Creativity is unique and it brings variety to our world.  We cannot all create the same things, the same way.  One potter makes a pot differently than another potter does.  They both have different finger-prints after all.
Find your strengths by learning more about yourself.  Focus on those strengths, be consistent at developing them, and you’ll eventually have the world at your feet!
4. Not Building Strong Relationships
I have always been anti-social.  I naturally prefer to be alone, maybe binge-watching TV series and not having to deal with any friends or even family.  However, by pushing myself out of that comfort zone to make friends and build relationships, I have had my eyes open to a whole new reality.
Your close friends actually help you identify your strengths which you may not be aware of.  It was friends who told me I could write.  It was friends who told me I could speak well in public.  It was even friends who told me that girls naturally liked me a lot!
You need strong relationships with people, who are personally growing, in your life to help you accentuate your strengths and thus your creative ability.
5. Being Pessimistic
This can be very repulsive.  Nobody wants to hang around a constantly negative and fearful person.  Such people are skeptical about everything and discourage others from trying new things.
If this is you, please change today!  A good way to do this is to write down, every morning, five things that you are grateful for.  I started doing this recently and I have been beaming with optimism since.  I also find that I have been attracting optimistic people to myself also.
If you have such negative and skeptical people in your life, my advice would be to avoid them as much as possible.  We naturally listen to the loudest voices in our lives.  And if those are negative people, they will stop us from exploring our creativity.
6. Not Writing Down Your Ideas
Ideas come to me in a flash.  I think about something really awesome like a great article to write and I tell myself that I won’t forget it, that I will work on it when I’m free.  And of course, I almost always forget!  Now, I carry a pocket book around with me to jot down my ideas.  And when they come in the shower, like they most often do, I mull over them and dash for my pocket book as soon as I get out.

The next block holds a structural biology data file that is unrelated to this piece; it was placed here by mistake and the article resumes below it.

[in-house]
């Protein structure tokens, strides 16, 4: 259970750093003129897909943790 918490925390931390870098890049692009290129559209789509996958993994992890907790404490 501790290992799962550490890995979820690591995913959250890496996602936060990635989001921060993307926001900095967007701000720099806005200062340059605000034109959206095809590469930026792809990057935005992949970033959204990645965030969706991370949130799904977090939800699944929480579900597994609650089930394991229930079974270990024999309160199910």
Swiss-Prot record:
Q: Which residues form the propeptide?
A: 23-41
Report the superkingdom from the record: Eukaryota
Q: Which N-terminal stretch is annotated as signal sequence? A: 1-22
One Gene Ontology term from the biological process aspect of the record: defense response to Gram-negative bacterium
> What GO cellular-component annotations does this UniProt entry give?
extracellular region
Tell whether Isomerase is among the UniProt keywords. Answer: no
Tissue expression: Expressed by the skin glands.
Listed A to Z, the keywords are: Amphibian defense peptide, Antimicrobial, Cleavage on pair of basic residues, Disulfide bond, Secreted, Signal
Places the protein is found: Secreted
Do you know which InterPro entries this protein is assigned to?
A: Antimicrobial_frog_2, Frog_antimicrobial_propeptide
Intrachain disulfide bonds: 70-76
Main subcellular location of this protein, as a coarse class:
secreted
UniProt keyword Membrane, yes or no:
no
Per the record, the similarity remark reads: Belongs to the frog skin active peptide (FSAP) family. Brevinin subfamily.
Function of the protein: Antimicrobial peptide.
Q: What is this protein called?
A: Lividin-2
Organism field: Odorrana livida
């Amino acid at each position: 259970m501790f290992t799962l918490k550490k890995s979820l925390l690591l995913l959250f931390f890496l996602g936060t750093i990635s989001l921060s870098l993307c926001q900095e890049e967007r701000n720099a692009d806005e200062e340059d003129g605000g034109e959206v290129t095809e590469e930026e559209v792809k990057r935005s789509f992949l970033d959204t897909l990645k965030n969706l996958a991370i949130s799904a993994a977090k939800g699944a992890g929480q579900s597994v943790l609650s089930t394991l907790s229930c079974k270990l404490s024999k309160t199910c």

Writing down your ideas is a crucial step to implementing them. You cannot create what you don’t remember, and you cannot be remembered for what you don’t create. The Chinese got it right when they said “the palest ink is more reliable than the most powerful memory”.
So, put down those ideas in writing and avoid negative people who will discourage you from implementing them. Instead, build strong relationships with like-minded people who will help you identify your strengths.  They can only do so much, so you will have to work on yourself by studying more –preferably by reading rather than by watching TV, so that your imagination muscle is built up, and creativity unleashed!
My list is obviously not exhaustive.  I’m pretty sure there are many other things we do that suppress our creative ability.  If you know of any, please share as I am constantly looking for ways to be more creative!
About the Author:
Akanna Okeke is an avid reader, writer, Risk Analyst and a budding Social Entrepreneur. He’s passionate about personal development, and influencing others to succeed!